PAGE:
- Asthma Center
- Allergy & Immunology
- Childhood Cancer
- Childrens Express Care
- Ear, Nose & Throat (ENT)
- Emergency Medicine
- Infectious Diseases
- Medical Genetics
- Newborn Medicine
- Primary Care
- Transplant Programs
- International Services
- Health Info Management
- Poison Control Center
- Ronald McDonald House
- Social Work
- Telemedicine Program
- Volunteer Services
Patients and Families
Planning a Visit
- Get Directions
- Childrens Locations
- Getting Around
- Guidelines for Visitors
- Contact a Patient
- Contact Children's
- Send an e-Card
- Gift Shop
- Find a Doctor
- Child Health A-Z
- Community Ed.Classes
- Injury Prevention
- International Patients
- Medical Records
- Patient Handbook
- Patient Procedures
- Safety Center
- Adolescent Medicine
- Babysitting Class
- Diseases & Conditions
- Drugs and Alcohol
- Injury Prevention
- Schools & Jobs
- Sexual Health
- Teen Health
- For Health Professionals
- Ways to Give
- Rebooting Cell Programming Can Reverse Liver Failure
- New Center Offers Hope to Kids From Around the World With Rare Diseases
- Free Care Fund Benefit Show Raises More Than $2.1 Million
Organs: Small and Large Intestines
The intestine is a muscular tube which extends from the lower end of your stomach to your anus, the lower opening of the digestive tract. It is also called the bowel or bowels. Food and the products of digestion pass through the intestine, which is divided into two sections called the small intestine and the large intestine.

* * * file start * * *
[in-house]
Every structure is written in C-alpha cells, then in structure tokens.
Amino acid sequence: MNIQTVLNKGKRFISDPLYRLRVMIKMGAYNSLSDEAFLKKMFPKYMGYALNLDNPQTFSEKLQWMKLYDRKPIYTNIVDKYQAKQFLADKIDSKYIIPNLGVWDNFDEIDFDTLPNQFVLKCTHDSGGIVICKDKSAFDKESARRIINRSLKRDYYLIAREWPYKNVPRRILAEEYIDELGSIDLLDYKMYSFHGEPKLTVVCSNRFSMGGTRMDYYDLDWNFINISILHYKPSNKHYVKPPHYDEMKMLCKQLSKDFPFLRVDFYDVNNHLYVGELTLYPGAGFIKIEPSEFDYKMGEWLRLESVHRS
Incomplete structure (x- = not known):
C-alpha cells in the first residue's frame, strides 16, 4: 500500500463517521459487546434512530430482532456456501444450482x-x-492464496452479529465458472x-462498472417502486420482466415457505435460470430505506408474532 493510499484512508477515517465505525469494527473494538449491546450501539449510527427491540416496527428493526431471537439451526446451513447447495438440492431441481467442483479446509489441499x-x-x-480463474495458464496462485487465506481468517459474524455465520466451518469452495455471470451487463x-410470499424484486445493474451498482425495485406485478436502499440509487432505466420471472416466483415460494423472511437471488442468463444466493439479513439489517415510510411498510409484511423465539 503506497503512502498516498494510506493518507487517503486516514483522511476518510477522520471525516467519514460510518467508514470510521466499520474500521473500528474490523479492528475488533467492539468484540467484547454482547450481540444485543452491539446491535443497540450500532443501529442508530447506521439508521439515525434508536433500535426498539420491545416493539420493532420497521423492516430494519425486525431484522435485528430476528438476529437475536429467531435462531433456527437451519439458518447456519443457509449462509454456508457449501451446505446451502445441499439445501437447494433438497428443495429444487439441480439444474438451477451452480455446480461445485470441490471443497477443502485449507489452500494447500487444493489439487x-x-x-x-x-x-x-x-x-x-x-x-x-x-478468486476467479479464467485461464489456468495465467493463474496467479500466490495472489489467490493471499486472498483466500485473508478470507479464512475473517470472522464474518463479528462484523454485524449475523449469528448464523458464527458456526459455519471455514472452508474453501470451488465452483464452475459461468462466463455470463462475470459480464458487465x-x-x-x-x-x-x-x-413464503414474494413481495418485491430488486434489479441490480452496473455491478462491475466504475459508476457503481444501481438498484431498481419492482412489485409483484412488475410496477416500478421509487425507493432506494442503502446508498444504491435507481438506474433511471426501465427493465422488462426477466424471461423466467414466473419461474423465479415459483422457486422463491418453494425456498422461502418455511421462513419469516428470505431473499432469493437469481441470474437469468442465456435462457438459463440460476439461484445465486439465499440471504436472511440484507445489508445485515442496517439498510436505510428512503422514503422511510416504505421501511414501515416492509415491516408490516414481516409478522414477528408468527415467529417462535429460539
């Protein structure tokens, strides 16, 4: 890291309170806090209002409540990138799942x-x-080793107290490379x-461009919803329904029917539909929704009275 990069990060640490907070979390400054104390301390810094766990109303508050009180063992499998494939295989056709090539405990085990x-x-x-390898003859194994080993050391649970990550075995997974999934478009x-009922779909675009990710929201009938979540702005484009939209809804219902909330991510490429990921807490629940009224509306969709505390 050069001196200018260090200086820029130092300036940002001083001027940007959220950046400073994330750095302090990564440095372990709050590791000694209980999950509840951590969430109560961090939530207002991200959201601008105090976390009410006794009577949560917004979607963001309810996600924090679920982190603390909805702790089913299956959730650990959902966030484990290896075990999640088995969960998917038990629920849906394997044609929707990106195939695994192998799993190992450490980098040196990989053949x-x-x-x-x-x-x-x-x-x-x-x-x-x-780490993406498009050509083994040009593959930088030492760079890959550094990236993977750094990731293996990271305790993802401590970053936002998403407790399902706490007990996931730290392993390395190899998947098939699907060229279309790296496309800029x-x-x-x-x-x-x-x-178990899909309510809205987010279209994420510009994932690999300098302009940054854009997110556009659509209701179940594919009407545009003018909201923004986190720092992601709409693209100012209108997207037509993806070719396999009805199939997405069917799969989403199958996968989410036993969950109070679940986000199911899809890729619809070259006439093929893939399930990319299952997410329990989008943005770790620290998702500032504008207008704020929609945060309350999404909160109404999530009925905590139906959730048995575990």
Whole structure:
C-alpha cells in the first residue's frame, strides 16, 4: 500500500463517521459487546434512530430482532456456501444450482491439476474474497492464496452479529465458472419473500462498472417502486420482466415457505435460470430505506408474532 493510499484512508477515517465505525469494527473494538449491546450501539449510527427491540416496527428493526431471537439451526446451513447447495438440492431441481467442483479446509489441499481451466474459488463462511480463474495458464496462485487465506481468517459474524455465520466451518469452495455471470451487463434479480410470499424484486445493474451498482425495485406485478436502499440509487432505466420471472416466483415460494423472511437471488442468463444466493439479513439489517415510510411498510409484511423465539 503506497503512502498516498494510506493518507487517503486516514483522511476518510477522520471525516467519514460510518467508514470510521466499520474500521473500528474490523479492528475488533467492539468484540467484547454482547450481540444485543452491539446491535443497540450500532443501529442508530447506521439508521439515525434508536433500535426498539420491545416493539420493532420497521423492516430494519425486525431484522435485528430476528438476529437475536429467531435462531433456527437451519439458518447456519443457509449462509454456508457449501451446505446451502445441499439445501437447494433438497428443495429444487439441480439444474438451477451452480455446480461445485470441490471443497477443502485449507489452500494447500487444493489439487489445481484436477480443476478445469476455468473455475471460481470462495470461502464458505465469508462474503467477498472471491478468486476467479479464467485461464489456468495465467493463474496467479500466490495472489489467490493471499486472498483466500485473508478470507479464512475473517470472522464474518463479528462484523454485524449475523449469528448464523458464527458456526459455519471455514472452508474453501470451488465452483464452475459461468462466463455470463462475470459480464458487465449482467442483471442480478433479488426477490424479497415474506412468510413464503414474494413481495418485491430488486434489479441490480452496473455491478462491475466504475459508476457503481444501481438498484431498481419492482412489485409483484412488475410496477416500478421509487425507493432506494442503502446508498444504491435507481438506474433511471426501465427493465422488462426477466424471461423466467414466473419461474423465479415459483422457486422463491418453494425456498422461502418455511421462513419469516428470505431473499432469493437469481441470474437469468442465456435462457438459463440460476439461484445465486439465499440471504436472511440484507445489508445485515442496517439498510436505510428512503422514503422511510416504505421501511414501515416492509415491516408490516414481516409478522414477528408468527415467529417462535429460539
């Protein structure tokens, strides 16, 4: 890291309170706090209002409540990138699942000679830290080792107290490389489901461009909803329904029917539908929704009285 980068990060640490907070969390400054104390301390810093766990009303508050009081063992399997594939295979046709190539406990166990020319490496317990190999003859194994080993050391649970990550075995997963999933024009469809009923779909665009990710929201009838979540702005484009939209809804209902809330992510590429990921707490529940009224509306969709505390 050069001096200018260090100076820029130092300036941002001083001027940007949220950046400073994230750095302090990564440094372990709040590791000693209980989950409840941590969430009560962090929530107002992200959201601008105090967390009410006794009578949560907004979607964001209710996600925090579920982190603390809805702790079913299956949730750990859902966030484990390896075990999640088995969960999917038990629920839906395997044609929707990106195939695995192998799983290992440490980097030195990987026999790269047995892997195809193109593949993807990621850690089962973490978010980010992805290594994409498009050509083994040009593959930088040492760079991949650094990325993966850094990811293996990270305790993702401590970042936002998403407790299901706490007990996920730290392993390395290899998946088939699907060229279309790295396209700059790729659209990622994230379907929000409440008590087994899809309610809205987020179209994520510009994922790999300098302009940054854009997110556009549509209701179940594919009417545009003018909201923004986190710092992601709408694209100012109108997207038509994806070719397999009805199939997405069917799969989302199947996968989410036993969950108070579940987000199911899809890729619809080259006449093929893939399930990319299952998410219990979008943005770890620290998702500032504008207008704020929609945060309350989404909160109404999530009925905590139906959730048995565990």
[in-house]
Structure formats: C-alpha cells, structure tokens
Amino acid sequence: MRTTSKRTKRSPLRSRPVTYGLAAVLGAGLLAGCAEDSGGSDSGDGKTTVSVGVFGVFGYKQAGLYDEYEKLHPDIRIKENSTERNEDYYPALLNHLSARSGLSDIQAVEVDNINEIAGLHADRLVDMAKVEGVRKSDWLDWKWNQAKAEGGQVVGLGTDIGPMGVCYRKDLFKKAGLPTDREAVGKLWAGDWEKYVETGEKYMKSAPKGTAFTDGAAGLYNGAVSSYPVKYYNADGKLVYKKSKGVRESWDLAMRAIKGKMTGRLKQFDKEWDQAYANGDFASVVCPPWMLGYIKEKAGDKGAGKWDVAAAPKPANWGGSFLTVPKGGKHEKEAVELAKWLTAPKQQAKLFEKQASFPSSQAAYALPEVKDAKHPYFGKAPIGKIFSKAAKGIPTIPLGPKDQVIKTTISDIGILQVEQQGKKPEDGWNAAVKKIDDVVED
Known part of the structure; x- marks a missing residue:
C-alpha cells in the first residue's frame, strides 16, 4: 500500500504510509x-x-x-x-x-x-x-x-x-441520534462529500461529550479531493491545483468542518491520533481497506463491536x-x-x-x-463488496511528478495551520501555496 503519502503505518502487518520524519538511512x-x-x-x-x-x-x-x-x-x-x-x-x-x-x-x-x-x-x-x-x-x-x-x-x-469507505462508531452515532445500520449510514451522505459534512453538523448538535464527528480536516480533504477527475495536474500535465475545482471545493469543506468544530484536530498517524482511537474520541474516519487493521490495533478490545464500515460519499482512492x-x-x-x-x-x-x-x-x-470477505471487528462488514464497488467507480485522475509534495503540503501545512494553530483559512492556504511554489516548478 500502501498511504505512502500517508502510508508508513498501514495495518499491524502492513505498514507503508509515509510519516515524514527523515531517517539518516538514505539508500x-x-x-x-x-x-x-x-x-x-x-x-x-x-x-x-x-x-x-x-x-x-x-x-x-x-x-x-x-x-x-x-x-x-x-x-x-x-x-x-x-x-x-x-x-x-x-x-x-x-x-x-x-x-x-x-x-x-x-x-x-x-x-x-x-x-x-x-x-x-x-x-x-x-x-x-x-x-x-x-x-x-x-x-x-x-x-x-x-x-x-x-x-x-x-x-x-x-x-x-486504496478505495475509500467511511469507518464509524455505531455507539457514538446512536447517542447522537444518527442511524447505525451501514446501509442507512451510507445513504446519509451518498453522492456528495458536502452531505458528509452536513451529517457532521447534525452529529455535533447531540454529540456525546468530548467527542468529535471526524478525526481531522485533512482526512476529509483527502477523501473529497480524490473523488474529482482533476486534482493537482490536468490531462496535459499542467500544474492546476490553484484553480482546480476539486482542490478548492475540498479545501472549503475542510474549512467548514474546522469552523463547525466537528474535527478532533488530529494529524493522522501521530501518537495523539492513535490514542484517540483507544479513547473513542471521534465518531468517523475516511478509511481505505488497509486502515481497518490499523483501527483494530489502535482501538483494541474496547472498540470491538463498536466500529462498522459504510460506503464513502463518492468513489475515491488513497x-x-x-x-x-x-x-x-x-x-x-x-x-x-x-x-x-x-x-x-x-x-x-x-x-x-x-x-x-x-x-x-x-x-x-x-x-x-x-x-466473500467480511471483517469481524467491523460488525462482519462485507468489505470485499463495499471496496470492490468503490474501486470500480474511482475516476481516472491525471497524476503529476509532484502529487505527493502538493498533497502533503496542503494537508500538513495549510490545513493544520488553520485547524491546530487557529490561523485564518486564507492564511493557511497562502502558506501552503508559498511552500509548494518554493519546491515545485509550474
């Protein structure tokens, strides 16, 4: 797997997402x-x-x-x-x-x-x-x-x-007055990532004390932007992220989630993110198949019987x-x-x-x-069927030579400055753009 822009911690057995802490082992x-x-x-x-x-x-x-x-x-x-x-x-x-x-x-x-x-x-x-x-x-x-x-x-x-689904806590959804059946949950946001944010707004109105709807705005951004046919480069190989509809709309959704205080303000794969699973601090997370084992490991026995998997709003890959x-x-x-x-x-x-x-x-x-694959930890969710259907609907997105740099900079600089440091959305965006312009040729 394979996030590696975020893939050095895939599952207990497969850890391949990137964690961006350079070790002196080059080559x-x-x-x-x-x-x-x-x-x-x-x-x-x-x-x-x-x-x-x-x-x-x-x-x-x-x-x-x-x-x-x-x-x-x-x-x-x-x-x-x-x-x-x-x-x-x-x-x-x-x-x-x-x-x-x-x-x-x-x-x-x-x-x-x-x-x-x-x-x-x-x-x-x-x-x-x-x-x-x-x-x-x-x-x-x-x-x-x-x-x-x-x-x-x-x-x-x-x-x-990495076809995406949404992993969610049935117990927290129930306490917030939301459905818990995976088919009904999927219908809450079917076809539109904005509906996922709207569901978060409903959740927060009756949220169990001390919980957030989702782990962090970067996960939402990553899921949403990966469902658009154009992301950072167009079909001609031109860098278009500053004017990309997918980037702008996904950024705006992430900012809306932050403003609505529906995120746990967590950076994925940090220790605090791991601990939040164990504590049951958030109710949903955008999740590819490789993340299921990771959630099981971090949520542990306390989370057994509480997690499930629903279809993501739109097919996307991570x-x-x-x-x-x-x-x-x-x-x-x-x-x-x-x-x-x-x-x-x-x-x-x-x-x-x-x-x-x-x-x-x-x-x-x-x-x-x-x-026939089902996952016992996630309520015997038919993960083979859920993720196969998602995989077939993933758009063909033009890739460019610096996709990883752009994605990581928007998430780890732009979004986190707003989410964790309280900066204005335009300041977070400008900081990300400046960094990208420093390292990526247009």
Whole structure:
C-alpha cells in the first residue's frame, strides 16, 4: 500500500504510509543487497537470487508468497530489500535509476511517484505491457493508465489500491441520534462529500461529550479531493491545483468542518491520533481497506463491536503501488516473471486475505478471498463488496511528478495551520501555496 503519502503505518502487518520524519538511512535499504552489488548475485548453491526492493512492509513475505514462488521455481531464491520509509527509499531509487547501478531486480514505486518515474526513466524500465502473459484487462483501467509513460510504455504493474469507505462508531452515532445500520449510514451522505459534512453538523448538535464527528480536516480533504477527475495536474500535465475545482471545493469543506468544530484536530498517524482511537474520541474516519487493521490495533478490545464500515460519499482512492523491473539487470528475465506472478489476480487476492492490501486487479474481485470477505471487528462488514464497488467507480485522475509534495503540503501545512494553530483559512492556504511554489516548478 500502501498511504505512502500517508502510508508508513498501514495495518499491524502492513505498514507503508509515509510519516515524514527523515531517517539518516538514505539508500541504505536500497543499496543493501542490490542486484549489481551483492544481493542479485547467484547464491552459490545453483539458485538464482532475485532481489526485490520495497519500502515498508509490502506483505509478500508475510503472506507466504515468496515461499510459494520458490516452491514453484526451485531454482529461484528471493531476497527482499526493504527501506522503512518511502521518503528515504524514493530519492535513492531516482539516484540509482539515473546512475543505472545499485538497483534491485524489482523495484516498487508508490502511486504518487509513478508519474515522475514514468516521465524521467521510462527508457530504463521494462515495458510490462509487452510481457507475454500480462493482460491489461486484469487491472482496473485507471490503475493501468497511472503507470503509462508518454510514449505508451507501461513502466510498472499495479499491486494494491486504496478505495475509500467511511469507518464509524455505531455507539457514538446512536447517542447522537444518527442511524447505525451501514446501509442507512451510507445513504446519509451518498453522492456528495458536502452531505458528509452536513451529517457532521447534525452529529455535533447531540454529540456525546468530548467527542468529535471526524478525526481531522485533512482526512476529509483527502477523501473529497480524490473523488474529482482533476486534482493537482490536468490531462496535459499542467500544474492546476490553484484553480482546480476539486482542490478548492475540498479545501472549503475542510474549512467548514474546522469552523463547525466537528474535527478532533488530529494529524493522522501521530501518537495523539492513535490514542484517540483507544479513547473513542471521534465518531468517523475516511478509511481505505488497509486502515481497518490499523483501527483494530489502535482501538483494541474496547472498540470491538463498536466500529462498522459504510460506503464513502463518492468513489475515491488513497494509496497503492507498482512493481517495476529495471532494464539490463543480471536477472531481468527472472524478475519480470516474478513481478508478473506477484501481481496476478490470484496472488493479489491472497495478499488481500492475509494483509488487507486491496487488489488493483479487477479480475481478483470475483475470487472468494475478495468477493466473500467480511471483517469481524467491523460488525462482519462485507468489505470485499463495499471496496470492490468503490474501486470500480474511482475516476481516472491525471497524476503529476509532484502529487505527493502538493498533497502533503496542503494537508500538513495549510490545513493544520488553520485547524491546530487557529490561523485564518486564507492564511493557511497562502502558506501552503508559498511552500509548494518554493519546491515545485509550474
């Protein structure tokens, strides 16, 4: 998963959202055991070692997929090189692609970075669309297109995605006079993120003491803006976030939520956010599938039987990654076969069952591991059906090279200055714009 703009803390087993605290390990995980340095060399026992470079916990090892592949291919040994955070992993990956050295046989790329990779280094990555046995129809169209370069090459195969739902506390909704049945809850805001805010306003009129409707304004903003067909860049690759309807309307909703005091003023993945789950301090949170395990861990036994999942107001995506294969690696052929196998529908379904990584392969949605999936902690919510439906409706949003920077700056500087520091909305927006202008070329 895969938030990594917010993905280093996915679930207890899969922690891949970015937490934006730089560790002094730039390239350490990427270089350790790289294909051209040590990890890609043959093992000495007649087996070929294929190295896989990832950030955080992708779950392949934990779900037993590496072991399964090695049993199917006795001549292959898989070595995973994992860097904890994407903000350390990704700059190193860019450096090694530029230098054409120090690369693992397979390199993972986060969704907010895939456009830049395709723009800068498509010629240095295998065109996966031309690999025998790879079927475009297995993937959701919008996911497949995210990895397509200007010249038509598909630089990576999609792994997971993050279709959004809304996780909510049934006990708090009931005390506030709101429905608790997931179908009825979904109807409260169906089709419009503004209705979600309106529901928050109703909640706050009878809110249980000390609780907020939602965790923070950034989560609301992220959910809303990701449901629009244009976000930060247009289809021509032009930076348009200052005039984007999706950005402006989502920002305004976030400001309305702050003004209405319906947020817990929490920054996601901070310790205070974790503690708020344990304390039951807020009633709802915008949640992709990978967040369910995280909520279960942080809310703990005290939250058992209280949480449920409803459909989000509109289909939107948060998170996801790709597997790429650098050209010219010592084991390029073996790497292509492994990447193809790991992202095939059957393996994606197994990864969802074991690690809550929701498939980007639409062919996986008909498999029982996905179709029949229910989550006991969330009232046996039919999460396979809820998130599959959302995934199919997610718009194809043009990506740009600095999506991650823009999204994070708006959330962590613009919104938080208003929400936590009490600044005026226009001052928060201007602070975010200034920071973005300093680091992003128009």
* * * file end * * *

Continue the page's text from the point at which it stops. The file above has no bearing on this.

The small intestine is made up of three segments, which form a passage from your stomach (the opening between your stomach and small intestine is called the pylorus) to your large intestine:
- Duodenum: This short section is the part of the small intestine that takes in semi-digested food from your stomach through the pylorus, and continues the digestion process. The duodenum also uses bile from your gallbladder, liver, and pancreas to help digest food.
- Jejunum: The middle section of the small intestine carries food through rapidly, with wave-like muscle contractions, towards the ileum.
- Ileum: This last section is the longest part of your small intestine. The ileum is where most of the nutrients from your food are absorbed before emptying into the large intestine.
By the time food reaches your small intestine, it has already been broken up and mashed into liquid by your stomach. Each day, your small intestine receives between one and three gallons (or six to twelve liters) of this liquid. The small intestine carries out most of the digestive process, absorbing almost all of the nutrients you get from foods into your bloodstream. The walls of the small intestine make digestive juices, or enzymes, that work together with enzymes from the liver and pancreas to do this.
How can the small intestine digest so much? Looking at the small intestine as a pipe, it seems hard to believe that an organ so narrow could do such a big job. However, looks can be deceiving. The absorptive surface area of the small intestine is actually about 250 square meters (almost 2,700 square feet) – the size of a tennis court! How is this possible? The small intestine has three features which allow it to have such a huge absorptive surface area packed into a relatively small space: